Many apply but two are chosen. Each receives a little glory (spots in a couple of exhibits, an Artists of Utah/15 Bytes video profile) and big bucks – a $10,000 fellowship goes to each artist selected. No matching funds required.
So, yeah, it’s a big deal. Every year, the Utah Division of Arts & Museums has a noted curator select two artists to receive an award honoring excellence in visual art. This year 124 artists applied, making the decision of JoAnne Northrup, director of Contemporary Art Initiatives at the Nevada Museum of Art (and a 2011 Fulbright Senior Research Scholar at the ZKM Center for Art + Media in Karlsruhe, Germany), a difficult one. She selected two installation artists.
“In a state known for its natural beauty, it is remarkable that artists with a tendency to look inward are creating what I deem to be the most compelling art coming out of Utah today,” she explains in a press release. “Both Pam Bowman and David Brothers have constructed detailed—even obsessive—alternative worlds.
“They are both storytellers, and those stories seize the imagination of viewers. While it is tempting for Utah artists to reflect the glory of the natural environment, I was drawn to work with a strong conceptual basis, with a specific point of view conveyed through the formal elements.”
Bowman, of Provo, says she tries to “express the value of the human experience through installations that incorporate natural materials and traditional, labor-intensive processes.” The award will help cover the costs of materials and technical assistants.
“Materiality is the foundation for my installations,” she says. “Natural materials and fibers relate to the earth, the lives of men and women throughout time, and to the work they need to accomplish. . . . Many of these processes relate to traditional fiber techniques such as weaving, braiding, and quilting. These techniques are reminiscent of ancient repetitive work necessary for home and life. Their historical associations with work and meticulous constructive processes provide a powerful metaphor for the human experience. . . . Experiences, like fibers, do not idly line up but pull, cover, tug, and jockey for position in a complex, shared journey.” She adds that her installations “reveal with magnitude and grace the extraordinary results of simply living.” You can see more of Bowman’s work on her website.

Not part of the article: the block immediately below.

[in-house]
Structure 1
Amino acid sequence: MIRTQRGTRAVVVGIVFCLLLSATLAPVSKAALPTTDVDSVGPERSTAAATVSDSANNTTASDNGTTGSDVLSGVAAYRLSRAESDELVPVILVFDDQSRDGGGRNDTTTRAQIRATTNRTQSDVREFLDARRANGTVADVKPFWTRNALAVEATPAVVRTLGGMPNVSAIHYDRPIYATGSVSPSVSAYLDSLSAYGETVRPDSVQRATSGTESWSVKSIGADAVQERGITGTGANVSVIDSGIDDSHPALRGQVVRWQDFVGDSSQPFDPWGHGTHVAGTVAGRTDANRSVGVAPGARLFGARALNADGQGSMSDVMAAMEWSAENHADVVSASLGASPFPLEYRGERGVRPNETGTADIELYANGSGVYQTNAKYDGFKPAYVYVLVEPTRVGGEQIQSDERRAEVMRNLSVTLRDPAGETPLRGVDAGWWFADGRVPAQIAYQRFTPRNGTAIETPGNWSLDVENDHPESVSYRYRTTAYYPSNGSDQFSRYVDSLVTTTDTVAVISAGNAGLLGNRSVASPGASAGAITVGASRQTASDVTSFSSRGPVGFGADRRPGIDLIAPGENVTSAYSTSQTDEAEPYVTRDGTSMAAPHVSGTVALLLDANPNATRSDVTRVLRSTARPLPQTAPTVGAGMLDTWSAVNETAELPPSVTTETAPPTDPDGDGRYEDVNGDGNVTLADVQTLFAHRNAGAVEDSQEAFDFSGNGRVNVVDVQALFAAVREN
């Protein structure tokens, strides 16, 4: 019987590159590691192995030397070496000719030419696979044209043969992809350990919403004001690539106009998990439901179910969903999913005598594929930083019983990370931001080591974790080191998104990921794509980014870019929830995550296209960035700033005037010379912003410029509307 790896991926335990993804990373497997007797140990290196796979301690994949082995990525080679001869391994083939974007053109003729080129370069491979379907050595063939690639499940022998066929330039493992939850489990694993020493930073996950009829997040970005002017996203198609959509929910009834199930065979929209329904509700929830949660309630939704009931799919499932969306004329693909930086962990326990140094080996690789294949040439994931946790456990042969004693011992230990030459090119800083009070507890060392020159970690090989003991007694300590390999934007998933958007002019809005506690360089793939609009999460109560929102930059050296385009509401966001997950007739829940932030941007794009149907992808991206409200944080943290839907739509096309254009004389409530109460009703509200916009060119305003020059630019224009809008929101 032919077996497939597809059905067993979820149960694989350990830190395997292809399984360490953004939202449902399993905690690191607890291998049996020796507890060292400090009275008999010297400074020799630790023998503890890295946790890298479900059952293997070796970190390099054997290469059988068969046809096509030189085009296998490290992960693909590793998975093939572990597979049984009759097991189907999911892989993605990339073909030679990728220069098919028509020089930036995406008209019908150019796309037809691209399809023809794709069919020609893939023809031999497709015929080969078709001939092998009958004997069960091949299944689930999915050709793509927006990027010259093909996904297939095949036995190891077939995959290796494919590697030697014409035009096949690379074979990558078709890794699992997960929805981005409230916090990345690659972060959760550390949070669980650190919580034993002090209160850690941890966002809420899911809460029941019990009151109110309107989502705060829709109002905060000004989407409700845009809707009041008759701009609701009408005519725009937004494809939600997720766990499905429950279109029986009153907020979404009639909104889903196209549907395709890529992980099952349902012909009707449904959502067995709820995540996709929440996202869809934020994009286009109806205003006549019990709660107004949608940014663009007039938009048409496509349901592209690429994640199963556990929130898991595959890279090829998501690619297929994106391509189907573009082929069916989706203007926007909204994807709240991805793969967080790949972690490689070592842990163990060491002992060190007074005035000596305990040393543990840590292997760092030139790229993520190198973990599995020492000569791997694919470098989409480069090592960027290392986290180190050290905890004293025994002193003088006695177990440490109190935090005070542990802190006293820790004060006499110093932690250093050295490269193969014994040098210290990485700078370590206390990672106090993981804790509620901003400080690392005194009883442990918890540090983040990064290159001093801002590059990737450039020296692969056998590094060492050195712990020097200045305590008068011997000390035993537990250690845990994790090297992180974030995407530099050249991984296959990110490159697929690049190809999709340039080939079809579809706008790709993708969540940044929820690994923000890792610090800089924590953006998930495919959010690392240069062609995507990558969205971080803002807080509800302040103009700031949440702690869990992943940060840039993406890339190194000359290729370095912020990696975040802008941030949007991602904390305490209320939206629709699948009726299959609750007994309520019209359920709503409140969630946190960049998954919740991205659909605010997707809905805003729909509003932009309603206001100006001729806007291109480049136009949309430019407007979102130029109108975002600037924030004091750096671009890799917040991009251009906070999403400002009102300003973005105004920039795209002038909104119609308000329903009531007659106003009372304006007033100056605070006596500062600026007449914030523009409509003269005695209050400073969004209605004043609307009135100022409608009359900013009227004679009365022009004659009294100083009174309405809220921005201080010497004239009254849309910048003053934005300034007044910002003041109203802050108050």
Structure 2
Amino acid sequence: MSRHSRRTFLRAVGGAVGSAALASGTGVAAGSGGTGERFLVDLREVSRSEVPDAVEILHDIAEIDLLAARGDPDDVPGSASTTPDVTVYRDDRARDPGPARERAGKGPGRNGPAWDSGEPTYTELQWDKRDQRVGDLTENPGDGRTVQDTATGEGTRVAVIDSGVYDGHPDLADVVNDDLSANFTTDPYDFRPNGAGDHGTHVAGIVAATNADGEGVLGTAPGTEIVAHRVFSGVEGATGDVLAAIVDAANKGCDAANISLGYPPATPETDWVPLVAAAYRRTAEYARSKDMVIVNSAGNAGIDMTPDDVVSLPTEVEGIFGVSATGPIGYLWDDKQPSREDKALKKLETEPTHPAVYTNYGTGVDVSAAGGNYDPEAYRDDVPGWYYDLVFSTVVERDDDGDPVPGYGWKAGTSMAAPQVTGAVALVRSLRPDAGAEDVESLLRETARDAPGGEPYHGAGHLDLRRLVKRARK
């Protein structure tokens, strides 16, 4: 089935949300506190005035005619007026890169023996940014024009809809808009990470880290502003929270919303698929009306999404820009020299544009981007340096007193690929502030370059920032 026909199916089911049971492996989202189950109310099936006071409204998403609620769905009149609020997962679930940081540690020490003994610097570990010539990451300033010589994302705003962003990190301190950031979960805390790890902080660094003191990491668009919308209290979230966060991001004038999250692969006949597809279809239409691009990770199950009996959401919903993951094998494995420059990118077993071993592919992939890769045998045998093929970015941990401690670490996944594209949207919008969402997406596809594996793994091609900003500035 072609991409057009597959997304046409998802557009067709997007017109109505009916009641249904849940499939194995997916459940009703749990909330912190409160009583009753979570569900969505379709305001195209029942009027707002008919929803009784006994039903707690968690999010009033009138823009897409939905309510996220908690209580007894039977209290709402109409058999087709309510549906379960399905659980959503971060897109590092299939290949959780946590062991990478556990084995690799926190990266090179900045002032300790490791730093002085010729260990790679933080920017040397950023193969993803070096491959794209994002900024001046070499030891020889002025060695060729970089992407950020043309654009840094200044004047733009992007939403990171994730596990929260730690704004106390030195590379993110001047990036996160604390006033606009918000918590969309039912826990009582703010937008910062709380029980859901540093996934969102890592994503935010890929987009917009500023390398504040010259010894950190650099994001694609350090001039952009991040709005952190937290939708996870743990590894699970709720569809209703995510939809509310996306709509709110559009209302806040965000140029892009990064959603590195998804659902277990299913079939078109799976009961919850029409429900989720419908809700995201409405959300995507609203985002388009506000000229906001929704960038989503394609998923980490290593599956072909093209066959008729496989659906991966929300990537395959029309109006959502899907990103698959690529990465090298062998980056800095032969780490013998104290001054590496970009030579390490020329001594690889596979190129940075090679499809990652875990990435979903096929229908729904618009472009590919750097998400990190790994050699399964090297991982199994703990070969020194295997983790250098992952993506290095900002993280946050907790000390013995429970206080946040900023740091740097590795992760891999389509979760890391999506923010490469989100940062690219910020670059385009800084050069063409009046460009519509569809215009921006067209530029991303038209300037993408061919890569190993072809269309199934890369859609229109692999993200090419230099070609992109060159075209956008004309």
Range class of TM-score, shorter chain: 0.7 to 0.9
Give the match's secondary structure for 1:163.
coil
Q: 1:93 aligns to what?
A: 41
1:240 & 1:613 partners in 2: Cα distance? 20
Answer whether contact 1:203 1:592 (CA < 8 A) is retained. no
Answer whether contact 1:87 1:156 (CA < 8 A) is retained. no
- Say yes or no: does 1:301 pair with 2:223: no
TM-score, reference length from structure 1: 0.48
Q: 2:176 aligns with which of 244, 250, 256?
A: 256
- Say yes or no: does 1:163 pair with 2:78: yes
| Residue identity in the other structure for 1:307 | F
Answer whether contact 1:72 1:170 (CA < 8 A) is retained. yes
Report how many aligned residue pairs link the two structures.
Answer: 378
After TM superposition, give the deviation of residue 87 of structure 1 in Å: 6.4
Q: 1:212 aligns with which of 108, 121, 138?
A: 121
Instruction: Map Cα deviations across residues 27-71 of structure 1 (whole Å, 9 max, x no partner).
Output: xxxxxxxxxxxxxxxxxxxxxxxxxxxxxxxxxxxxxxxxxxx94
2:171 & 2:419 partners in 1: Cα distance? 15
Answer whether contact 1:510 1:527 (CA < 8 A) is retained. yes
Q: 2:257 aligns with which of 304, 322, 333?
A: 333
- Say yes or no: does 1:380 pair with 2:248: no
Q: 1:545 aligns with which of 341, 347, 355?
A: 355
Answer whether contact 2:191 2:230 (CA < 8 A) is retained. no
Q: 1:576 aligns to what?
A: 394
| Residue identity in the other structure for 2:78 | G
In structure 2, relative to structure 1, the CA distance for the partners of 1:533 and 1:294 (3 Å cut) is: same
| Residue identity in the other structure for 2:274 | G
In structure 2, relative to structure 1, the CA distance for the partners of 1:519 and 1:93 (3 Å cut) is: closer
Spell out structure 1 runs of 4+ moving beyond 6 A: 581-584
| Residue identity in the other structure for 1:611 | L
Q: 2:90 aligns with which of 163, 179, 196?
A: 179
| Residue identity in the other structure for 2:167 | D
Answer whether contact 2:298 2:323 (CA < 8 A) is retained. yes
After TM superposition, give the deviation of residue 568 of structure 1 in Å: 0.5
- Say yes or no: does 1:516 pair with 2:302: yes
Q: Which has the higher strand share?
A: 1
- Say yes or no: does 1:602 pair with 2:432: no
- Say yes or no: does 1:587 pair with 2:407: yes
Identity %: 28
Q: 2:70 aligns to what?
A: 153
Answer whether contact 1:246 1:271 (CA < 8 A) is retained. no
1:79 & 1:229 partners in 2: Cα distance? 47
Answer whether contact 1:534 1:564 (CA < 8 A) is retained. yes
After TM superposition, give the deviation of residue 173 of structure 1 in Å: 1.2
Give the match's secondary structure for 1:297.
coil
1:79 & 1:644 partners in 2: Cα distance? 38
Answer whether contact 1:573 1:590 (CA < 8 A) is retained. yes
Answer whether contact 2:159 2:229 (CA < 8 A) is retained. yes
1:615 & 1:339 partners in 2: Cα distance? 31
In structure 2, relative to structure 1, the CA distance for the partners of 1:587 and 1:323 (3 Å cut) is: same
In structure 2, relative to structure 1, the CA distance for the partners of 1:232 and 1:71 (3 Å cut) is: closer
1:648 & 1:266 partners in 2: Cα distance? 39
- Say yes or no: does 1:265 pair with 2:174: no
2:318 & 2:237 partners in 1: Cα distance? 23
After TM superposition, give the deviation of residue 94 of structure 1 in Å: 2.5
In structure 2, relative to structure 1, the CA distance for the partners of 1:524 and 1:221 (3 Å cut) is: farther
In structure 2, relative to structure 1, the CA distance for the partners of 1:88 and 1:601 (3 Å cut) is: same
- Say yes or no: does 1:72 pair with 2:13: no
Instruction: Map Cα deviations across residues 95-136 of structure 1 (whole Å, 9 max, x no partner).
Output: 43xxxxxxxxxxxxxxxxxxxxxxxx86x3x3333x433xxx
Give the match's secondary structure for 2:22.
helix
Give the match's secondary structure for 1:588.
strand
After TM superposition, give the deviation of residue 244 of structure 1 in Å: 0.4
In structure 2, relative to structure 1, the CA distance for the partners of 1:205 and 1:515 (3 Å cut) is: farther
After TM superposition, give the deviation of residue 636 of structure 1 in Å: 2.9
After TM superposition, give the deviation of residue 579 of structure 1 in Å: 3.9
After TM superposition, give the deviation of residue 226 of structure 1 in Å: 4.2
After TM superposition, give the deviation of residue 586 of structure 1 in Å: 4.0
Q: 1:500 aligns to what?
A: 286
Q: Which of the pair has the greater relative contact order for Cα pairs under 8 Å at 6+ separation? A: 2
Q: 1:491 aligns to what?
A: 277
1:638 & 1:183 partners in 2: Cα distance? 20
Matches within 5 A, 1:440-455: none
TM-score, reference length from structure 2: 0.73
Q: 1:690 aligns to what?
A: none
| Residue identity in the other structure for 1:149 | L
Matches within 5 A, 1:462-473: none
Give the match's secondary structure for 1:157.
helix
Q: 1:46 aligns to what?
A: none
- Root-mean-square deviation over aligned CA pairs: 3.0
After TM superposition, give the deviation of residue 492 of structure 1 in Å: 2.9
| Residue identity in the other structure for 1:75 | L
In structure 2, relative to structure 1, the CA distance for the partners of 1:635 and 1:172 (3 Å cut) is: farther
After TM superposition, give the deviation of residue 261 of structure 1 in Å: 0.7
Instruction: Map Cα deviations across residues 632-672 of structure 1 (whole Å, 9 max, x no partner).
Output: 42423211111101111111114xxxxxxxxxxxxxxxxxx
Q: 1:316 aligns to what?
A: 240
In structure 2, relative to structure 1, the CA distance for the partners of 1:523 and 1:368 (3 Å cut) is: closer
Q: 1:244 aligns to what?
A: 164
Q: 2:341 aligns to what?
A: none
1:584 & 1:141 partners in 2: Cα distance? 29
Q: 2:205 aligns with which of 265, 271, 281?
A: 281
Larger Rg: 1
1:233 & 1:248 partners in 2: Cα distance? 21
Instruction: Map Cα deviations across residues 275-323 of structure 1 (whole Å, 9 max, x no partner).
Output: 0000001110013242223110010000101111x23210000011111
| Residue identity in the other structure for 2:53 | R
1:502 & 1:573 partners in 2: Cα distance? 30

Salt Lake City artist David Brothers says he will use the fellowship funds to “fulfill current aspirations with less compromise.” He works almost exclusively in the studio, using painted and constructed sets, he says, “building places and propositions. My end results are primarily photos but can also include film and installation. A favorite reoccurring theme would be artificiality and especially, the methods used to rebrand the fake into authentic. This rebranding, usually the domain of film and theater, is, I believe, optimally suited to photography because of its non-meddling nature, giving the duration of focus back to the viewer.” This dialogue, he says, “is half of my action and is the stuff film and theater are made of but without that messy manipulative narration.”
Brothers has made numerous films and videos, some feature length, three of them featured at Sundance. He has had photos published in Rolling Stone, Maxim, Popsmear, Slug and elsewhere. His work has been frequently exhibited, most recently at the Utah Museum of Contemporary Art.
In partnership with “Artists of Utah-15 Bytes,” the Utah Division of Art & Museums produces short artist profiles of the recipients as part of the award. Please see the links below to some of the videos.
- Wendy Wischer (2014), Salt Lake City
- Mark Finch Hedengren (2013), Provo
- Christopher M. Gauthiér (2013), Logan
- James Charles (2012), Salt Lake City
- Jared Clark (2012), Salt Lake City
- Kathy Puzey (2011), Logan
- Jan Andrews (2010), Salt Lake City
- Joseph Ostraff (2010), Provo
A graduate of the University of Utah, Ann Poore is a freelance writer and editor who spent most of her career at The Salt Lake Tribune. She also worked for Salt Lake City Weekly and has written for such publications as Utah Business Magazine and Salt Lake Magazine.